Last yearâ€™sÂ Epic Games versus Apple rulingÂ left both sides unhappy with the result, each filing its own appeal. An appeals hearing took place on Monday, and the intention and effect of the Apple ecosystem â€“ aka the â€œApple walled gardenâ€ â€“ was the core issue debated.
Epic Games sued Apple for not allowing it to use its own payment platform instead of in-app purchases through theÂ App Store, with Apple taking a 30% cut.
The court ruledÂ that Apple must allow developers to steer app users to external payment platforms, but concluded that the company did not meet the legal tests to be considered a monopoly â€“ and thus did not have to permit competing app stores for iOS apps.Â Both AppleÂ andÂ Epic GamesÂ filed appeals on different aspects of the ruling.
Epic is appealing the ruling that the App Store is not a monopoly, arguing that there is no other way for developers to sell iPhone apps other than through Apple. The iPhone maker, in turn, is arguing thatÂ the court made a legal errorÂ when considering the anti-steering issue.
The Department of Justice antitrust division filed whatâ€™s known as an amicus brief â€“ a statement from an uninvolved party that is intended to help the court reach the correct decision. Although technically neutral and labeled as â€œin support of neither party,â€Â the DOJâ€™s submission favors Epicâ€™s argumentÂ that Apple does have monopoly control of the iOS app market.
Additionally, the attorneys general of 35 US states have also joined forces to submit an amicus brief that again argues that Apple does have monopolistic powers.
Purpose of the Apple walled garden
Arstechnica reports that the purpose and intent of the Apple walled garden â€“ of which the App Store is a key element â€“ was at the heart of the conflicting arguments.
In defending Appleâ€™s position, counsel Mark Perry argued that the companyâ€™s restraints on iOS app distribution were put in place from the beginning to protect iPhone users. Based on its experience managing software security and privacy on Macs, Apple decided it â€œdid not want the phone to be like a computer. Computers are buggy, they crash, they have problems. They wanted the phone to be better.â€
Perry said that the App Store kept iPhone owners safe from â€œfraudsters and pornsters and hackers and malware and spyware and foreign governments.â€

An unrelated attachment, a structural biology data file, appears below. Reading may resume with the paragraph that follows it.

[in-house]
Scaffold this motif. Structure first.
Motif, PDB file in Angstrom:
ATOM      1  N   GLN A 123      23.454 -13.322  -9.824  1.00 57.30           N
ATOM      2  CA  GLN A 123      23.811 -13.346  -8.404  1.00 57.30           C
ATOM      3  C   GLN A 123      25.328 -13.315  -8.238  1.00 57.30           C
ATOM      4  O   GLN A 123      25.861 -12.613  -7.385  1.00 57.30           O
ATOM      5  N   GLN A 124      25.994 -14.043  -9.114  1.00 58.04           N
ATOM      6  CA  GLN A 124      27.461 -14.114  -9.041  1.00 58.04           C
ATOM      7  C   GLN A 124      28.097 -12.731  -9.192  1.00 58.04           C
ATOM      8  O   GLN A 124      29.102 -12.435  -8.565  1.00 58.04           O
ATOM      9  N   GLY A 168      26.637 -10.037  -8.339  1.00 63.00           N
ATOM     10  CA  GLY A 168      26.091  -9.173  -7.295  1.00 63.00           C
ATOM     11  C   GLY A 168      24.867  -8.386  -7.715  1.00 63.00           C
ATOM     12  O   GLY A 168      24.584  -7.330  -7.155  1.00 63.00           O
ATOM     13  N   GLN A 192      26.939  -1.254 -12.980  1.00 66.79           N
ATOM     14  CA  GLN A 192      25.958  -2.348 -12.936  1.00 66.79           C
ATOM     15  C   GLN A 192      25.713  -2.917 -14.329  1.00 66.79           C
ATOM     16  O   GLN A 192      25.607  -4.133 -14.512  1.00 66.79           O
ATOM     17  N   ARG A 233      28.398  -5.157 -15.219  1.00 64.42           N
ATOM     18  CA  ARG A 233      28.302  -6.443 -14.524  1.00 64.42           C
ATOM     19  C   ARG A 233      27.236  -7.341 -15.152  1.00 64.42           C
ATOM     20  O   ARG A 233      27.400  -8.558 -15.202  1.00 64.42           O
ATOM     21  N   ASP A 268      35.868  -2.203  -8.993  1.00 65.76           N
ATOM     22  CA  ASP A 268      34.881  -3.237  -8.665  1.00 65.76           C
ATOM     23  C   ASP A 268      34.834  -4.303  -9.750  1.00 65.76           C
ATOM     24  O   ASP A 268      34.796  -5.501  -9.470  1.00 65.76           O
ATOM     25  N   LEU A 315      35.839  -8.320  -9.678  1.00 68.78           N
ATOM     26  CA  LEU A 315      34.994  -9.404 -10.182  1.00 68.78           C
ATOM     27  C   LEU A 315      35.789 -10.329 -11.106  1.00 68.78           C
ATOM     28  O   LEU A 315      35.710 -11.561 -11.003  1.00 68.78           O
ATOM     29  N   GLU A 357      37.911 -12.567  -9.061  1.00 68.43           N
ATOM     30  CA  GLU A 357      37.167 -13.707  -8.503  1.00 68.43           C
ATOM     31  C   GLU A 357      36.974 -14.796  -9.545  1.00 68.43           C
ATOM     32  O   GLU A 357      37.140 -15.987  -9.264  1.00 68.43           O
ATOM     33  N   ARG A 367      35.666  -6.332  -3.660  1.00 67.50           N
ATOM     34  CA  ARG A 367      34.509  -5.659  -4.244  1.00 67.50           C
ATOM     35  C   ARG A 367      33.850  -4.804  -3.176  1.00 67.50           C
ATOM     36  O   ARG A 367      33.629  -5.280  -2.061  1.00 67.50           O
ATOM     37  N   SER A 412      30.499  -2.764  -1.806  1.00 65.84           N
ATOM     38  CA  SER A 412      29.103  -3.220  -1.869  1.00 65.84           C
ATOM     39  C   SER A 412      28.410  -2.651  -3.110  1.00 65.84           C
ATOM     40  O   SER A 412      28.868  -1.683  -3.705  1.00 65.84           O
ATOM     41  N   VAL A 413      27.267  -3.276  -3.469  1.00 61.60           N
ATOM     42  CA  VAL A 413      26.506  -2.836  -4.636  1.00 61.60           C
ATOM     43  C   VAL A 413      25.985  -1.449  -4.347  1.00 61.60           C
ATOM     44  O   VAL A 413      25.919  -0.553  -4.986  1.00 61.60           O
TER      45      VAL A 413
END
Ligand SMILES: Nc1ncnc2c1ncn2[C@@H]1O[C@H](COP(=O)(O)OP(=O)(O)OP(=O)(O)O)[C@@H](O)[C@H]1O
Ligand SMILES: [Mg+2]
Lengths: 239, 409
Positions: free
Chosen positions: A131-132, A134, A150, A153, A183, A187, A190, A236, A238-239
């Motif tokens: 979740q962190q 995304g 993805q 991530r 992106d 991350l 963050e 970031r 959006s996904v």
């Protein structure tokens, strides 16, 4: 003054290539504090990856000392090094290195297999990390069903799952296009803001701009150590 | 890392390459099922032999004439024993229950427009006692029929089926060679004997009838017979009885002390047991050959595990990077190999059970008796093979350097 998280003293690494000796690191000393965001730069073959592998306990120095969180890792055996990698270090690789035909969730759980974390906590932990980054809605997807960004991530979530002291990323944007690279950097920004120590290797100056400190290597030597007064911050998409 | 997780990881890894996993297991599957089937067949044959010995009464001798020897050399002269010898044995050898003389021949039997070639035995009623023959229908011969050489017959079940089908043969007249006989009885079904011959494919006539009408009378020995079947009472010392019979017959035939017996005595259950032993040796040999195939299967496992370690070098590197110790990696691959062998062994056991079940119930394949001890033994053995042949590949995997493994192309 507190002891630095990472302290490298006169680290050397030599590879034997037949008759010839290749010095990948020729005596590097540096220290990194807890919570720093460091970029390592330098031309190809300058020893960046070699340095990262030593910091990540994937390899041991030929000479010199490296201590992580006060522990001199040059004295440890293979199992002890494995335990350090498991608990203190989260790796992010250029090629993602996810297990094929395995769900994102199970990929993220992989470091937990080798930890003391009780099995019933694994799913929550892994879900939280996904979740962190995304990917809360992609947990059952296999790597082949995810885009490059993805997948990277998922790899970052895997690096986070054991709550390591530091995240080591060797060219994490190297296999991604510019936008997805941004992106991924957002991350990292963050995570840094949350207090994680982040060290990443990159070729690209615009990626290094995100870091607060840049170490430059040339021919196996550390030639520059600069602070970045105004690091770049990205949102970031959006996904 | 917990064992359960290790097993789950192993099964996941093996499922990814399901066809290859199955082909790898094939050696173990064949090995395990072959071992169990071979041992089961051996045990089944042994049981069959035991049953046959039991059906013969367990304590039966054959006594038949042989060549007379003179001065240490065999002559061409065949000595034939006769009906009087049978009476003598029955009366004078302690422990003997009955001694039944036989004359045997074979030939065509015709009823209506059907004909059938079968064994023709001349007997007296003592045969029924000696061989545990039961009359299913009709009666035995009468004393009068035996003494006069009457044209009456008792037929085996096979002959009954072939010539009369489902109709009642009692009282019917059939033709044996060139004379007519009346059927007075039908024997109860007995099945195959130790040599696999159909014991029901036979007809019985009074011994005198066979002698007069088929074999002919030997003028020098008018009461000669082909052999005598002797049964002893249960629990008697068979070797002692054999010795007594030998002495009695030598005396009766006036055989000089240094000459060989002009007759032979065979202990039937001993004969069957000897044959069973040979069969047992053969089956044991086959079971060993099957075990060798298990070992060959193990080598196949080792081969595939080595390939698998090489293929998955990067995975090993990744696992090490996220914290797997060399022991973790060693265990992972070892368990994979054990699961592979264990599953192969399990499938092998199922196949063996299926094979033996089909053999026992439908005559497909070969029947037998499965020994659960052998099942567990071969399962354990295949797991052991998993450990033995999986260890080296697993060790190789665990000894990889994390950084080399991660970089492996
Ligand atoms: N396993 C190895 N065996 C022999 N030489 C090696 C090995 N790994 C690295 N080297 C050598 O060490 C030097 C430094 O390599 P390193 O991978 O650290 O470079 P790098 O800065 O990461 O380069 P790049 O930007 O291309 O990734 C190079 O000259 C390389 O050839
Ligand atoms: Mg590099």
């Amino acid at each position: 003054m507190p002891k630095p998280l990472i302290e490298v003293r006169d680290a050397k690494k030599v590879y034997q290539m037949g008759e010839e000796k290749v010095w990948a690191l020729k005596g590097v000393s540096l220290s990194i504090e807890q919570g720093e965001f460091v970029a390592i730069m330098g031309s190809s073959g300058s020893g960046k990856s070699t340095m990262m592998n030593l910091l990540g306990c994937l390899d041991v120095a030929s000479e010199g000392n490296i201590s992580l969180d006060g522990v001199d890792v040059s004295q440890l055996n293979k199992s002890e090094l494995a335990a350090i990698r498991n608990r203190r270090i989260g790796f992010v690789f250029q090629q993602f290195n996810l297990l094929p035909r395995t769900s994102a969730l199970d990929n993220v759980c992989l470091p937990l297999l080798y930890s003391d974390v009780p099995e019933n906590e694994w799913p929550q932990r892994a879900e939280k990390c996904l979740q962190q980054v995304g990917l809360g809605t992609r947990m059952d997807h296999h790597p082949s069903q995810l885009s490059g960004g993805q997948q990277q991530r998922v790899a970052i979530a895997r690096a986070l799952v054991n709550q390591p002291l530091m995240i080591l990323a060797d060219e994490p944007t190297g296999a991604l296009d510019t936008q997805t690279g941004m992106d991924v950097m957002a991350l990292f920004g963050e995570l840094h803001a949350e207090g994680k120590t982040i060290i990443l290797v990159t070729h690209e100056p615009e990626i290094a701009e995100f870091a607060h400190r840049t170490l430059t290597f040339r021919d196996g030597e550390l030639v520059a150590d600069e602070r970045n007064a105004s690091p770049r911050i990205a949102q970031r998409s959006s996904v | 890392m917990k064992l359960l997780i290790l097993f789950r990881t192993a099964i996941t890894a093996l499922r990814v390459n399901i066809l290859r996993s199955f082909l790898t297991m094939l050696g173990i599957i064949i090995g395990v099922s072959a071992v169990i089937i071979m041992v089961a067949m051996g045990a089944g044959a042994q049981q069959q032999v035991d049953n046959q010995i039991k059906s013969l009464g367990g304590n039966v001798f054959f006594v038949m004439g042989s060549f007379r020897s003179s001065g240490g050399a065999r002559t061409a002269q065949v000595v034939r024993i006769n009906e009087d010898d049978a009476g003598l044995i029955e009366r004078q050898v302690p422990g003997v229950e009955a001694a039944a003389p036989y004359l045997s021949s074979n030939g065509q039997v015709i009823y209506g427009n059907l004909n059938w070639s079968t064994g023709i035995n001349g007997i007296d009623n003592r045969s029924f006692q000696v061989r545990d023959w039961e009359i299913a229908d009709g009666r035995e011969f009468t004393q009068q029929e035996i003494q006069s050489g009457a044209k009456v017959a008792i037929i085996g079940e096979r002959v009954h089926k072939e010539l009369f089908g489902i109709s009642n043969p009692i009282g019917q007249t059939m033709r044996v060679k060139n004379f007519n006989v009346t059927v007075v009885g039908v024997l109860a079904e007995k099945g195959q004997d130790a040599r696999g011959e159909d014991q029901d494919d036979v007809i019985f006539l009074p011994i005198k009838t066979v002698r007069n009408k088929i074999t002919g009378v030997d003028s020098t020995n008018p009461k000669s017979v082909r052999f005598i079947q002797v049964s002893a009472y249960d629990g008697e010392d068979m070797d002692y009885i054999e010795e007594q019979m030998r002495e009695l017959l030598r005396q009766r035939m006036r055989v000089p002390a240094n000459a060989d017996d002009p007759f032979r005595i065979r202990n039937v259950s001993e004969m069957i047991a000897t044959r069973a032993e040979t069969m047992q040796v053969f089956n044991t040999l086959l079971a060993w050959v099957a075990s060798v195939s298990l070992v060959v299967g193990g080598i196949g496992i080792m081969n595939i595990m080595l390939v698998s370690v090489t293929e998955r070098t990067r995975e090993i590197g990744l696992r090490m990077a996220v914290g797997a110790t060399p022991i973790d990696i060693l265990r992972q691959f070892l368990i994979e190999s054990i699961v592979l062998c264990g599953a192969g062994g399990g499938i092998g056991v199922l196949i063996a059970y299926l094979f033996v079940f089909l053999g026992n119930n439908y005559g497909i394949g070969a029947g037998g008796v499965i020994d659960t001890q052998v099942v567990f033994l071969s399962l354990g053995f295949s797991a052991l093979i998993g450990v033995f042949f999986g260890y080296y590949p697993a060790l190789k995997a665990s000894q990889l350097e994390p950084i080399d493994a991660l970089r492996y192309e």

Apple did acknowledge that the App Store created â€œminor anti-competitive effects,â€ but said that the security issues outweighed these.
From Epicâ€™s perspective, though, the security justification for Appleâ€™s App Store policies is nothing more than an â€œexcuse to remove all competitionâ€ in the market for iOS app transactions. Itâ€™s an excuse that conveniently lets Apple rake in tens of billions of dollars in â€œsupercompetitive profitsâ€ from a billion iPhone users, Epic counsel Tom Goldstein argued.
Goldstein allowed that Apple should be permitted to offer its â€œwalled gardenâ€ App Store and could even urge users to take advantage of its vaunted security and privacy protections. What Apple shouldnâ€™t be allowed to do, Goldstein argued, is use â€œcontract and technologyâ€ to â€œnot even allow a competitive alternativeâ€ to that App Store on iPhones.
Competing app stores could not only offer better deals for developers and consumers, but could even increase safety. Epic gave the example of a hypothetical Disney-run app store, which might clamp down even more on sketchy content. iPhone owners should, argued Goldstein, be free to choose the store which best met their needs.
No early clues, and no decision date as yet
Arstechnica said that the judges gave no indication of finding either argument more persuasive, asking pointed questions of both Apple and Epic.
They will now consider the arguments, and present a final ruling sometime next year. As with the ruling itself, the judges gave no clue as to exactly when they will announce their decision.
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